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    Master of Disaster SteveLevin's Avatar
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    I too thought I'd read that the diff was used for steering.

    Steve

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    Senior Member robburgoon's Avatar
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    Quote Originally Posted by JJ1 View Post
    I'm not sure of anything. It was just my assumption. I see what your saying but an apple on a stick with forward momentum seems like it would still under steer. But maybe it is exactly like that and it's just a balance of forces game.
    An apple on a stick going fast will still quite happily rotate if you push on the stick. Lateral resistance from the tires does the rest, the rears have the biggest task since they carry most of the mass.

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    JJ1
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    This is all theoretical, but the apple on the stick rotates because the apple is basically a ball that can roll in any direction. Replace the apple with two big wheels that only roll in one direction and the only way I see this thing turning is if the wheels are moving at different speeds. But again I fully accept that the engineering behind this is way over my head and I could be 100% wrong.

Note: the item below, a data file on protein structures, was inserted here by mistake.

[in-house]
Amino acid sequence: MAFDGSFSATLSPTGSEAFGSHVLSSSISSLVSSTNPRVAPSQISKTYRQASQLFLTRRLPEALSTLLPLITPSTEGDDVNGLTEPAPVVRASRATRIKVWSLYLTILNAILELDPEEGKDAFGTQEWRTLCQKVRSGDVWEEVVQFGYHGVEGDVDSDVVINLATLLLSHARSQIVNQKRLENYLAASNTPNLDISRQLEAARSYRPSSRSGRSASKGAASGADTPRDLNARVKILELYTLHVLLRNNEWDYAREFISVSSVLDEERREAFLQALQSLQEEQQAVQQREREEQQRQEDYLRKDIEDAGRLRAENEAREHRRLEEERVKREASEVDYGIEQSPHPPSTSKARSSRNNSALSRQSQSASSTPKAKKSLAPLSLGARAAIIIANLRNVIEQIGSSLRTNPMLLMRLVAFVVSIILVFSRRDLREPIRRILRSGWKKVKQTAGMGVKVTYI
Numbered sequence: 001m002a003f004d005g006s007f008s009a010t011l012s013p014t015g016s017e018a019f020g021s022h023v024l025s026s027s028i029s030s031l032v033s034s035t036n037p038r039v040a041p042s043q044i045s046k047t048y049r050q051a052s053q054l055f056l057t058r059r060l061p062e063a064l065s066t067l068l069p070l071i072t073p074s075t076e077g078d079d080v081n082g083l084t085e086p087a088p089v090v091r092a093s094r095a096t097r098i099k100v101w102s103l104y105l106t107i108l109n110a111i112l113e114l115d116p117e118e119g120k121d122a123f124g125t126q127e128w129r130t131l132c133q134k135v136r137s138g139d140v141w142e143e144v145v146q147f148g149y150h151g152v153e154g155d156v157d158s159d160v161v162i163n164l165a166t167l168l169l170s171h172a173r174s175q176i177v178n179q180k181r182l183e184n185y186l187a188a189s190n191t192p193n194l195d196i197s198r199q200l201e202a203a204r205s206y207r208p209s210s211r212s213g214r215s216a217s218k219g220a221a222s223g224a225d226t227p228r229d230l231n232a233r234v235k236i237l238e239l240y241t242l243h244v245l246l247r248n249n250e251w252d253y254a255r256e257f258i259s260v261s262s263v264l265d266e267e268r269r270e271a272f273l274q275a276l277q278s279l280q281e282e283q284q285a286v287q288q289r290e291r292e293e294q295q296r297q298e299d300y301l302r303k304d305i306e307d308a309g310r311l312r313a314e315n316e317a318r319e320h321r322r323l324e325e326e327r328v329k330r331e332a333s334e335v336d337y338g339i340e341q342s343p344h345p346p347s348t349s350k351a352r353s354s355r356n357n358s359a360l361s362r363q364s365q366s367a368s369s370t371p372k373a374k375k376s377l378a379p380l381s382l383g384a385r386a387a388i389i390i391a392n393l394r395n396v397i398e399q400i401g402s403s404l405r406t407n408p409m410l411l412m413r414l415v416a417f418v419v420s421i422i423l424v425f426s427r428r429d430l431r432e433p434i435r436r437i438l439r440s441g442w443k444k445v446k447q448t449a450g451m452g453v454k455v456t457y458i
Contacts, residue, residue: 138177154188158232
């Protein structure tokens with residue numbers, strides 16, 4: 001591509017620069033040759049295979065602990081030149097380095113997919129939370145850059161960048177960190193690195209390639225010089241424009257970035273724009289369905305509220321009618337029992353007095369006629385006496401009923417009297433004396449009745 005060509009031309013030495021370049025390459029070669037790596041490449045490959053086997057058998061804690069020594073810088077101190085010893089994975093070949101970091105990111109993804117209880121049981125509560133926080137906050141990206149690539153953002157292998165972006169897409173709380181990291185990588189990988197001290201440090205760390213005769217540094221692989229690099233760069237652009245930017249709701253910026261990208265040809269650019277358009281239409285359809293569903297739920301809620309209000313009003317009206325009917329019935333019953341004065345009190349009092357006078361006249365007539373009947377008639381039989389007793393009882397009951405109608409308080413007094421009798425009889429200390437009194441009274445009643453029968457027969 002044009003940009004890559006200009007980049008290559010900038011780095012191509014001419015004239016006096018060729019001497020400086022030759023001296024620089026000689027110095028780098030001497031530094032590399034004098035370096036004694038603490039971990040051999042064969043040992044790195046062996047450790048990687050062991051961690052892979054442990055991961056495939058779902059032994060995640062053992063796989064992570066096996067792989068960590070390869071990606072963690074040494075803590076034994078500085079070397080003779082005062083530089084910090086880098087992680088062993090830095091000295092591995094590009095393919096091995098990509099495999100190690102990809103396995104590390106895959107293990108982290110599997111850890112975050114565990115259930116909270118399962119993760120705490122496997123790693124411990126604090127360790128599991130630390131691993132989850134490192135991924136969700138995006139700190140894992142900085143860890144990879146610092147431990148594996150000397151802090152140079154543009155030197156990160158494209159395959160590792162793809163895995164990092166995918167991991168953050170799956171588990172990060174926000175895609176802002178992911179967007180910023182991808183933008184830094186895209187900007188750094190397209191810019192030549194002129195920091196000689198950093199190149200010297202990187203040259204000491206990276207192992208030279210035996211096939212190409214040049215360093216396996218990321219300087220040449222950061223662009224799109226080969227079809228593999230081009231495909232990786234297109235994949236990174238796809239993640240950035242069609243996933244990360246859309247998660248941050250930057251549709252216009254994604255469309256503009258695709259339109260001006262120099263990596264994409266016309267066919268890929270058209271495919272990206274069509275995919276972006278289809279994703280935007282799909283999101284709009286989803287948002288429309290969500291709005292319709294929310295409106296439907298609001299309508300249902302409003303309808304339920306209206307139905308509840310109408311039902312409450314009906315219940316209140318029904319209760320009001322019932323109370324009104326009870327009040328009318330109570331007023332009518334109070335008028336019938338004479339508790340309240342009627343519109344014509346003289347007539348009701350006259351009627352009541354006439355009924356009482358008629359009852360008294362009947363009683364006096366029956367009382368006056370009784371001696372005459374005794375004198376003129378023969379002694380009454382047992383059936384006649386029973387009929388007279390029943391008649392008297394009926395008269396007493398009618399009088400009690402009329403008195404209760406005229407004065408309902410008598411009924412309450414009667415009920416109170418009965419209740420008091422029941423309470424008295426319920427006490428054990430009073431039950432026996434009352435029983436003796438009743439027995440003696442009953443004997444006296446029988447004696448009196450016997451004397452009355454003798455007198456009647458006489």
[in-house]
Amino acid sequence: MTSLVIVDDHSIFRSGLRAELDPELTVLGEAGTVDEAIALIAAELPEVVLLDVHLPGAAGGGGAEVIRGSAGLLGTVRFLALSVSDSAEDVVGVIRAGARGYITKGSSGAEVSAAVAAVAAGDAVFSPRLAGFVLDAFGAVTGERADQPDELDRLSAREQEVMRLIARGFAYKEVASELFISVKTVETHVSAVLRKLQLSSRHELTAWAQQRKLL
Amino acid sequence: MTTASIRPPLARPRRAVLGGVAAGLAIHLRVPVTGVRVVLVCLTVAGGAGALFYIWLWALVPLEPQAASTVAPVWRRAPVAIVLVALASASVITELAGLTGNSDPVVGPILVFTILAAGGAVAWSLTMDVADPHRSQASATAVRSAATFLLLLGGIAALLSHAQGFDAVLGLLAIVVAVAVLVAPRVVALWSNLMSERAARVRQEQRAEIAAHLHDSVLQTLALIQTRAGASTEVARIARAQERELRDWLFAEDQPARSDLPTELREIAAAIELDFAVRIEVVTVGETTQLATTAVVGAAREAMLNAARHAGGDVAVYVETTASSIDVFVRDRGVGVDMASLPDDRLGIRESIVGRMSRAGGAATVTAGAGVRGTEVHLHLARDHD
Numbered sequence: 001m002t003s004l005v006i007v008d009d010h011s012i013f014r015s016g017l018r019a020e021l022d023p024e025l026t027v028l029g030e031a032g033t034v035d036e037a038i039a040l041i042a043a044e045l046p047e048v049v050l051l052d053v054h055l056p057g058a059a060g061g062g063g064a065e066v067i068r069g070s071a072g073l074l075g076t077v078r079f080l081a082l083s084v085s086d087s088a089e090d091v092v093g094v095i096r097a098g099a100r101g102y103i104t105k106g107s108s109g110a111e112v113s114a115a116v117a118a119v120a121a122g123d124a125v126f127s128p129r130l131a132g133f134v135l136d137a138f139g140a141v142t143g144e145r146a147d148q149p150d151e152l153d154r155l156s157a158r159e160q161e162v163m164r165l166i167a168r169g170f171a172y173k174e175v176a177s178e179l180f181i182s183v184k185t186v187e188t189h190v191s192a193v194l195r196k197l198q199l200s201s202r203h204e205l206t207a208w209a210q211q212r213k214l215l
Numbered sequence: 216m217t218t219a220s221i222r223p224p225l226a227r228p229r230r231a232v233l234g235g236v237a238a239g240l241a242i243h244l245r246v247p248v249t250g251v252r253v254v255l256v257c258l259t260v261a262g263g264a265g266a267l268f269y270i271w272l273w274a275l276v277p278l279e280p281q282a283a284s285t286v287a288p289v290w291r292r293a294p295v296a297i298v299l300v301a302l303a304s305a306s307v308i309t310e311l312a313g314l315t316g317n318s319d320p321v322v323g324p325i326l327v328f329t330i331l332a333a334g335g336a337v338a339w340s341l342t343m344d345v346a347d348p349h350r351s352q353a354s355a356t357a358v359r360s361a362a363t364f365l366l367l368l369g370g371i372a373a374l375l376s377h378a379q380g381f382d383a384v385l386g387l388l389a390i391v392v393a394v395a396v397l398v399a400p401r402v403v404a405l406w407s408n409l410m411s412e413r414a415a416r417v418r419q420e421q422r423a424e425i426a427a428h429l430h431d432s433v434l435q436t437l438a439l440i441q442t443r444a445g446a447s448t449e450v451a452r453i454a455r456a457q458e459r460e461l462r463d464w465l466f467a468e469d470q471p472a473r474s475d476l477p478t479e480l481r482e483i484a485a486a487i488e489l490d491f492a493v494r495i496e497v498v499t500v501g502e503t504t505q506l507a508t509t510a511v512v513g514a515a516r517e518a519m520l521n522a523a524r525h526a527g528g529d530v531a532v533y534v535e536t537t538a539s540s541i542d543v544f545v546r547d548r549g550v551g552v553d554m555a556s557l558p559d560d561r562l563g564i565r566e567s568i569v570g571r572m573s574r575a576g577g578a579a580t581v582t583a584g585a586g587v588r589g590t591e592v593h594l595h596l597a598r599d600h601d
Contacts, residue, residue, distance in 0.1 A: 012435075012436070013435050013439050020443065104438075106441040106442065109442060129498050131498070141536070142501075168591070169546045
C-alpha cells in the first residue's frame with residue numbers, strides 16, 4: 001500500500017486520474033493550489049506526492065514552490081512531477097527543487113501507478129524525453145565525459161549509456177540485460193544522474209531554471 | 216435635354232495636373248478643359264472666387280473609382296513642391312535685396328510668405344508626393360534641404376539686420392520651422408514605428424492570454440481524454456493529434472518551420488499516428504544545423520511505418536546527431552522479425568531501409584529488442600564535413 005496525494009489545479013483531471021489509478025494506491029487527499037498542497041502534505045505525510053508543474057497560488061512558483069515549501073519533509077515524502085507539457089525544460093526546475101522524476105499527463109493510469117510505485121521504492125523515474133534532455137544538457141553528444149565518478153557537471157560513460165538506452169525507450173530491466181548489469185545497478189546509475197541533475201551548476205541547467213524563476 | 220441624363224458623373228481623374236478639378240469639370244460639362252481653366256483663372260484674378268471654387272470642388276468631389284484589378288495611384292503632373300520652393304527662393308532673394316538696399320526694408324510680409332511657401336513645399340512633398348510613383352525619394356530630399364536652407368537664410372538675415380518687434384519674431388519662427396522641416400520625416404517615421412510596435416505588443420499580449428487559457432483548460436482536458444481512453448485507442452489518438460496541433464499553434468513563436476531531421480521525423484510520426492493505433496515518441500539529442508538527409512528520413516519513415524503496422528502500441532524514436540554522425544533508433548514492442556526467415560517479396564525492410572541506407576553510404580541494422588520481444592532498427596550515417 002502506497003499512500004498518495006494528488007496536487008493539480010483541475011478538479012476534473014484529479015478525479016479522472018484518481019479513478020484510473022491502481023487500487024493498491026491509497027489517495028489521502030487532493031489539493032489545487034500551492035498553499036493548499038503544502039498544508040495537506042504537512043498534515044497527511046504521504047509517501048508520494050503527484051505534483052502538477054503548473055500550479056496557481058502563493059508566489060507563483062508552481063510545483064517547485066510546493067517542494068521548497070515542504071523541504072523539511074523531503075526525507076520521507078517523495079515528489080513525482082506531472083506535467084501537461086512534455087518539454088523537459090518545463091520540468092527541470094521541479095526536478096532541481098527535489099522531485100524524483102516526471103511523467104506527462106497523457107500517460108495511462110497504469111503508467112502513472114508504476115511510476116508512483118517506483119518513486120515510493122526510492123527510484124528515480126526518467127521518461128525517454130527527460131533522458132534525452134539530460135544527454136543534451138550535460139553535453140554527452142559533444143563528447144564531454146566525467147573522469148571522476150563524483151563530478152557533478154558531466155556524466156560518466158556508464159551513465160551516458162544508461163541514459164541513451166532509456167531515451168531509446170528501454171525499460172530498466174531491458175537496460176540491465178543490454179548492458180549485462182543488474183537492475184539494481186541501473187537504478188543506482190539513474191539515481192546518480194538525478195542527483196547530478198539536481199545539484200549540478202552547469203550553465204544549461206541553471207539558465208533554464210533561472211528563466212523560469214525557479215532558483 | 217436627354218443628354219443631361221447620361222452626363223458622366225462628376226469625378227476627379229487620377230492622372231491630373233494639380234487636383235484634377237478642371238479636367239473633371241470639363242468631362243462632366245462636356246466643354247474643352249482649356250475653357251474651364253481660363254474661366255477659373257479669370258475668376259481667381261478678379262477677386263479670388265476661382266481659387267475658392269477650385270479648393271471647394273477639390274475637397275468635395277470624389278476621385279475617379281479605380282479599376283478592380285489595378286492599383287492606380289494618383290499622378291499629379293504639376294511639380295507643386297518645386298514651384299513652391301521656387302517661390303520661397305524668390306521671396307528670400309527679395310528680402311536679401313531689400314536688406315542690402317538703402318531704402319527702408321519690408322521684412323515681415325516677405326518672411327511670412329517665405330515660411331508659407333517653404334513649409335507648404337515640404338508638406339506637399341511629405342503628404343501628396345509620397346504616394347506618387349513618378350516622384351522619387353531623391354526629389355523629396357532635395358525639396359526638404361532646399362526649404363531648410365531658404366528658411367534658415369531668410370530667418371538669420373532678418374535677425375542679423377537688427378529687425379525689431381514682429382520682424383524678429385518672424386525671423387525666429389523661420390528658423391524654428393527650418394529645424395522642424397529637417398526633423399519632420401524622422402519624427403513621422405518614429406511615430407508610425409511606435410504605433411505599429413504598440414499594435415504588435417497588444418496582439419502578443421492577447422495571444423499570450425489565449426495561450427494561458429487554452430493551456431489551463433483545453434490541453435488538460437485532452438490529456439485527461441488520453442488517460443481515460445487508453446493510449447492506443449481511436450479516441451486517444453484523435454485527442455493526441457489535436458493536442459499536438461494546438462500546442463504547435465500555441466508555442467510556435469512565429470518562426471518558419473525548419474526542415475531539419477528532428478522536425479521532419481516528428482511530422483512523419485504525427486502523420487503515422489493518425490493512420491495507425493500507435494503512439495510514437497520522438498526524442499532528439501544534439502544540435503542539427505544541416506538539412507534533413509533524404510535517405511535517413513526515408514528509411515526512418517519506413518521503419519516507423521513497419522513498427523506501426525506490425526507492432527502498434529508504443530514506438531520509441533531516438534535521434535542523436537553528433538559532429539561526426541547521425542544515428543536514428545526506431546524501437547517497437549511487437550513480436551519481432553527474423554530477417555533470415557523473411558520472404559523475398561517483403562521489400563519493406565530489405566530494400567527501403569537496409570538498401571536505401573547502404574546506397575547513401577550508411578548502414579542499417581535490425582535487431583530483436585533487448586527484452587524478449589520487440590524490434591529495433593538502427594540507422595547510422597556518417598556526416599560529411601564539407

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    Senior Member robburgoon's Avatar
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    Quote Originally Posted by JJ1 View Post
    the only way I see this thing turning is if the wheels are moving at different speeds.
    That's true with conventional cars too. I think we're talking past each other. Yes the car needs a diff so the rear wheels can traverse a corner. Does it need a crazy fancy diff that has smarts that turn the car tank style? I say no.

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    Gearhead gixxer_drew's Avatar
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    Its no problem at all. You guys need to brush up on how to calculate yaw moments.